KOCHI: When you first meet Tiffany Brar, a 31-year-old woman from Thiruvananthapuram, the confidence in her gait and her words holds you in awe. Though life had been quite ‘dark’ for her, this visually challenged woman has taken it upon herself to make it bright for those who are facing a similar situation.
Today, the Tiffy Template (an invention mooted by her and named after her) is helping visually challenged people read currency notes. This helps them to do financial transactions easily.
In Kochi recently, for a TedX talk organised by XIME, Kalamassery, Tiffany explains how, before the tool was invented, reading currency was a herculean task for the visually challenged.
“We always had difficulty reading the notes. Some of us either took a lot of time reading it or had to ask somebody else to do it for us. However, the chances of us getting cheated are extremely high, especially by autorikshaw drivers. This is when I approached my friend, Paul D’Zousa, who is an inventor based in Bangalore, to build a device for us,” she said.
The Tiffy Template is a small board like device. In order to read the note a visually challenged person has to fold the note over the board (which has Braille notations engraved on it). The notations on the board helps the user to identify the length and width of the currency through a series of steps. The visually challenged need a bit of training before using it.
“Due to the introduction of the new Rs 500 and Rs 2,000 notes, alterations are being made to the board to enable the user to read them too,” she added.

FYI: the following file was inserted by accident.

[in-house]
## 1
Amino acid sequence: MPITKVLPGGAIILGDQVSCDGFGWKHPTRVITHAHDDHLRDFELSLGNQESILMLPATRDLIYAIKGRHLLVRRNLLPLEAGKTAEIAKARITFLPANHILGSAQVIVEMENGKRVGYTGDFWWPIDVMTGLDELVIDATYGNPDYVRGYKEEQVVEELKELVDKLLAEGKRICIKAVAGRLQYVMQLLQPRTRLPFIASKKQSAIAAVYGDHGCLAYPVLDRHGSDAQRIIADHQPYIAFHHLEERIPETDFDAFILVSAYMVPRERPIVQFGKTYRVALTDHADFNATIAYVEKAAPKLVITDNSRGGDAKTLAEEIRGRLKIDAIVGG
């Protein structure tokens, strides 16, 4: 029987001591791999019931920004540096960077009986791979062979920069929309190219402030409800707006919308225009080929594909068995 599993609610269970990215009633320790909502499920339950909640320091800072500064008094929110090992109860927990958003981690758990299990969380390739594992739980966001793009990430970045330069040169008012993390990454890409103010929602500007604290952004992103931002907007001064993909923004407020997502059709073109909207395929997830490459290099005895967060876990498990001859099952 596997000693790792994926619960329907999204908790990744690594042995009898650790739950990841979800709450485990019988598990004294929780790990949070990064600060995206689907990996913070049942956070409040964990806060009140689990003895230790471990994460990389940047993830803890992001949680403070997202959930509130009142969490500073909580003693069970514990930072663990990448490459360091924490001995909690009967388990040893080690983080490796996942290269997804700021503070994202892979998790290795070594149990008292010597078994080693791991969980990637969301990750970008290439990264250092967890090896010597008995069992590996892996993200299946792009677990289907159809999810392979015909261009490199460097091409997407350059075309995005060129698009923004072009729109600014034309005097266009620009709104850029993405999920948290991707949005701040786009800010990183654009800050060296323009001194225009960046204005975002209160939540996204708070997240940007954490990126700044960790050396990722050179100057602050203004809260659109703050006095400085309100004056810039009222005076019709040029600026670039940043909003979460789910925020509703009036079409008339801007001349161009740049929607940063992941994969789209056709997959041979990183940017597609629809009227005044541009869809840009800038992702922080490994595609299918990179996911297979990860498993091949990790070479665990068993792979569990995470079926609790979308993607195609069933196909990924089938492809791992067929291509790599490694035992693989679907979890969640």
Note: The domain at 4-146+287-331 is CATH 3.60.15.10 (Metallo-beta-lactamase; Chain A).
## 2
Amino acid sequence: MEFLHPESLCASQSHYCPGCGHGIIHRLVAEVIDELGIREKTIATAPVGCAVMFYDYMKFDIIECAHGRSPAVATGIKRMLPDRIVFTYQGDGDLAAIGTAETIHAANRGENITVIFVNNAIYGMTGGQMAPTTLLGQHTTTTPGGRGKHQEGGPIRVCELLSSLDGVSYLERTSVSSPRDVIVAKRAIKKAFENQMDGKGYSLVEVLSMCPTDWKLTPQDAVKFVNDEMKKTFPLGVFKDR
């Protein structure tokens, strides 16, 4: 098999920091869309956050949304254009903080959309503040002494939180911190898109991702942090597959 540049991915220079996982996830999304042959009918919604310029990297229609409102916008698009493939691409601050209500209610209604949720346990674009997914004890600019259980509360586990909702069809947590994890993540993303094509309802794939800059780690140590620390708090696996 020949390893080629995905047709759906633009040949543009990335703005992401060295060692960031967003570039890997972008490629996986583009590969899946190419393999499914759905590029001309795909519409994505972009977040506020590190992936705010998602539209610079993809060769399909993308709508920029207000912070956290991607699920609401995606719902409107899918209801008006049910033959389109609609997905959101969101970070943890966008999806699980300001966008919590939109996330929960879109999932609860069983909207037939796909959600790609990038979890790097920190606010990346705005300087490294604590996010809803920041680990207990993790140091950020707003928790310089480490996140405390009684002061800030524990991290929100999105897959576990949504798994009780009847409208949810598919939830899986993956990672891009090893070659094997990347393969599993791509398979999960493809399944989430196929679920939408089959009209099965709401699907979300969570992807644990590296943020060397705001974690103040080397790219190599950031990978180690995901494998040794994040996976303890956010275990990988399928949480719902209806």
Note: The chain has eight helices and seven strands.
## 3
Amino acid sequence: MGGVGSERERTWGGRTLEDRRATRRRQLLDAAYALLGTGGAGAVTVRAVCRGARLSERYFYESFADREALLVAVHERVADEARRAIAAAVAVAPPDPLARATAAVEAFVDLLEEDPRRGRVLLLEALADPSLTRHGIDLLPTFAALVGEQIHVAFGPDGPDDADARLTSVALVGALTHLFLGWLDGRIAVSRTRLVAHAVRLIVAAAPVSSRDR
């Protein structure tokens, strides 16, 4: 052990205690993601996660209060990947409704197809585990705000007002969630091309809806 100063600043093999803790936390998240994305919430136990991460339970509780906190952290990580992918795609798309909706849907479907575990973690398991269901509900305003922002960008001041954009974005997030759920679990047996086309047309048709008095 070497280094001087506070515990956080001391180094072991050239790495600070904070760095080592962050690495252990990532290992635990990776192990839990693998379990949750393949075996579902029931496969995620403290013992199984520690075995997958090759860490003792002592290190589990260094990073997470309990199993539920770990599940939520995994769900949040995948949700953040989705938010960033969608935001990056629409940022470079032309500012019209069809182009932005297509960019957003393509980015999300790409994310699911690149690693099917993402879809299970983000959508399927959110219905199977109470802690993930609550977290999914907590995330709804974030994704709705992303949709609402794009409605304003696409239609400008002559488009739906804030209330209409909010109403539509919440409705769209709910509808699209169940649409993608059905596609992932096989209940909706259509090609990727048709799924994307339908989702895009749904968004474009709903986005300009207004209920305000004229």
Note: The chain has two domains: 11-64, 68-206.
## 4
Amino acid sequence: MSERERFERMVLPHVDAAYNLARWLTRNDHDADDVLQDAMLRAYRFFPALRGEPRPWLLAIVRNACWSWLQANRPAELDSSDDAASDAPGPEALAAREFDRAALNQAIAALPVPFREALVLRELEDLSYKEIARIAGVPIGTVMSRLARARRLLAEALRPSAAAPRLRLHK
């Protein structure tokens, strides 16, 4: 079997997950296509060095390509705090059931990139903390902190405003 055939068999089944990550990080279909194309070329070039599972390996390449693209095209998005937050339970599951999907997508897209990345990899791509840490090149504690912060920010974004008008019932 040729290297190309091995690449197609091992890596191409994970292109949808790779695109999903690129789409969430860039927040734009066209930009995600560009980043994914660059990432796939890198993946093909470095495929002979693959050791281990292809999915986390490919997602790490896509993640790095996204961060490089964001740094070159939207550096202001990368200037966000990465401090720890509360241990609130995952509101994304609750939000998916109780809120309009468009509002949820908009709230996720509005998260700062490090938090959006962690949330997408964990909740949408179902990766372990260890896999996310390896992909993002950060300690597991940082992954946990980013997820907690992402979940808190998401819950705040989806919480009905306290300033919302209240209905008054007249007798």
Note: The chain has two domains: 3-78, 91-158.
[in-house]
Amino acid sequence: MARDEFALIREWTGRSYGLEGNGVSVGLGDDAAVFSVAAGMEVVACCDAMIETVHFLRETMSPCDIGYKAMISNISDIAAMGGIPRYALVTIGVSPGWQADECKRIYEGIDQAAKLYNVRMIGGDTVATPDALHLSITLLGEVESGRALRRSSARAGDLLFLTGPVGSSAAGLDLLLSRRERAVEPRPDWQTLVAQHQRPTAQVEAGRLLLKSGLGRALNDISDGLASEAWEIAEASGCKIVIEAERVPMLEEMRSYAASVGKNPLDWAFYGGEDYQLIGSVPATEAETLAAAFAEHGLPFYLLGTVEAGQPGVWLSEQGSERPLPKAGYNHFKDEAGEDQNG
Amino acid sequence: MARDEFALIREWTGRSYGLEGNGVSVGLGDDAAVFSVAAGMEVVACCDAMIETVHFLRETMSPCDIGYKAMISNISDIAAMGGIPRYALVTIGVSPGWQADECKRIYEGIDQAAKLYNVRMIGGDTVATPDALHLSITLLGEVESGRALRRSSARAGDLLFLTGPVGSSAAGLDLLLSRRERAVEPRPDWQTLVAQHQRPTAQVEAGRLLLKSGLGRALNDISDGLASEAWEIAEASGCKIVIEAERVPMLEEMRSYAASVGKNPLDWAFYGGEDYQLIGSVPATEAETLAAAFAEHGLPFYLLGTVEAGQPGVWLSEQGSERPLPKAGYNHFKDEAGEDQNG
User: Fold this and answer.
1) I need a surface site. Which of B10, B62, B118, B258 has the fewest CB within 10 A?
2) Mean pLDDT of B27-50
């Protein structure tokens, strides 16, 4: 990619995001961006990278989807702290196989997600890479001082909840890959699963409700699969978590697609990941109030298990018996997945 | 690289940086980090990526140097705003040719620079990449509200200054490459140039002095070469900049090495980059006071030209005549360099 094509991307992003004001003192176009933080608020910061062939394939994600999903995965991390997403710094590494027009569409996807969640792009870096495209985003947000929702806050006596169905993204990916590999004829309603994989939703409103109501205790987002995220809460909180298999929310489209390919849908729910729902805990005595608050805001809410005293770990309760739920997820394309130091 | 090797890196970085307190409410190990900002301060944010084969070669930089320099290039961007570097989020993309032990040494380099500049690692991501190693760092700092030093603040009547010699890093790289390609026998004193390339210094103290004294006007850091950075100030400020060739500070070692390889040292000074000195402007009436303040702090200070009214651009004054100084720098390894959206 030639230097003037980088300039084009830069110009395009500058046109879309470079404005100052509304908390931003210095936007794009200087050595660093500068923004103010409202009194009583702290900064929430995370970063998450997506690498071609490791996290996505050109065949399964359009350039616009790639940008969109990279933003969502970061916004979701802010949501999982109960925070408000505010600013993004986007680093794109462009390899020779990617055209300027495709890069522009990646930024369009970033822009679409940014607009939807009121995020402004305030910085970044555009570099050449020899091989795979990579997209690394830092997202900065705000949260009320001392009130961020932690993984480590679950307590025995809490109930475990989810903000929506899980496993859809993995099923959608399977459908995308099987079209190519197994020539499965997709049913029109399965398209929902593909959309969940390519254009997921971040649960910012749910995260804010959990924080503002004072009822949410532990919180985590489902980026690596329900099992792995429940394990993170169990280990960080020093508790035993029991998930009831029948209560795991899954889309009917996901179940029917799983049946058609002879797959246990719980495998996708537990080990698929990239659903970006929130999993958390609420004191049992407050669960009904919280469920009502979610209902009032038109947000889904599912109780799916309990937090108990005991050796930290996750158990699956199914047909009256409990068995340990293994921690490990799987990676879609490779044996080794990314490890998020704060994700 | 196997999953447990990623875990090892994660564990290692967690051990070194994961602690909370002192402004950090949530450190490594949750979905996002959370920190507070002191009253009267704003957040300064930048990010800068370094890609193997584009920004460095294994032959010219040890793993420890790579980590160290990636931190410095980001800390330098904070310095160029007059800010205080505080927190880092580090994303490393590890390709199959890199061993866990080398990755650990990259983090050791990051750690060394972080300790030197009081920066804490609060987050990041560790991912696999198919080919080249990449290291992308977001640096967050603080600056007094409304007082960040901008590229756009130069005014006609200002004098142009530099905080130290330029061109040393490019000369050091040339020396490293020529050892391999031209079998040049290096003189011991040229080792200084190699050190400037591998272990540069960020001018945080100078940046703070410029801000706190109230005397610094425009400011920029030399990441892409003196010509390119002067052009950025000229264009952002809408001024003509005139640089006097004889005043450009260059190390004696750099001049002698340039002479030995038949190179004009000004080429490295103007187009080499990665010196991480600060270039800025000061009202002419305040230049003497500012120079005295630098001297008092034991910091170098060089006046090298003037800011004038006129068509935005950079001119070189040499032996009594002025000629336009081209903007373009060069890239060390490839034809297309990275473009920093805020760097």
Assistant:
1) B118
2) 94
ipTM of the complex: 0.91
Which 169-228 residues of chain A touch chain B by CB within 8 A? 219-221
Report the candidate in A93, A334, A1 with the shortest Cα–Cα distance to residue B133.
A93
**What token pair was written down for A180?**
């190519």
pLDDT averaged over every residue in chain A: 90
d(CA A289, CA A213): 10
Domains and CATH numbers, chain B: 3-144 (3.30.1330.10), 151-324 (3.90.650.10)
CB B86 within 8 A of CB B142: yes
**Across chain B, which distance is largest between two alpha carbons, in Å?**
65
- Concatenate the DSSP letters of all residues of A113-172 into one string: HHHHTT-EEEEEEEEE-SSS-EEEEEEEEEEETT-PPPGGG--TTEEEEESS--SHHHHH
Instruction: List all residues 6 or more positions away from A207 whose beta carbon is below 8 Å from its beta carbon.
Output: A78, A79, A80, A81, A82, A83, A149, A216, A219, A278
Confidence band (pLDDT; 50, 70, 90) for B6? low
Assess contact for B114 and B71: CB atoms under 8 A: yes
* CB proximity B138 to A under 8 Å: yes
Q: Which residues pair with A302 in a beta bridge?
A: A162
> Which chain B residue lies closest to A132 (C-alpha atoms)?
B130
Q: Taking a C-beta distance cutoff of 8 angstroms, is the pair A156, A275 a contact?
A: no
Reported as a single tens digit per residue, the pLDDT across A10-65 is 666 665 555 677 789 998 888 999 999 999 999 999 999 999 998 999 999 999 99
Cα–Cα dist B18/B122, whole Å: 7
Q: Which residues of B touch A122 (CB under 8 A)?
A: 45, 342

If the Tiffy Template is not novel enough, Tiffany Brar, through Jyothirgamaya started by her in 2015, goes on frequent adventure trips, paragliding being one among them.
“I tell the visually challenged that nothing and no one should restrict them from trying out tasks that are seemingly possible for normal people. Come on, we need to have fun too. This is why Jyothirgamaya is focused on holding sports activities for them. Theories say its ok for the visually challenged to engage in sports activities, but seldom is it practised,” she adds.
The institute trains students in advanced computer courses, spoken English, polishing their skills and behaviour among others. “Before Jyothirgamaya was founded, I would often travel around the city to teach the visually challenged. I would meet them at their homes. I used to do this every day. However, I realised that I was not getting the much-needed output which is why I started Jyothirgamaya,” she said.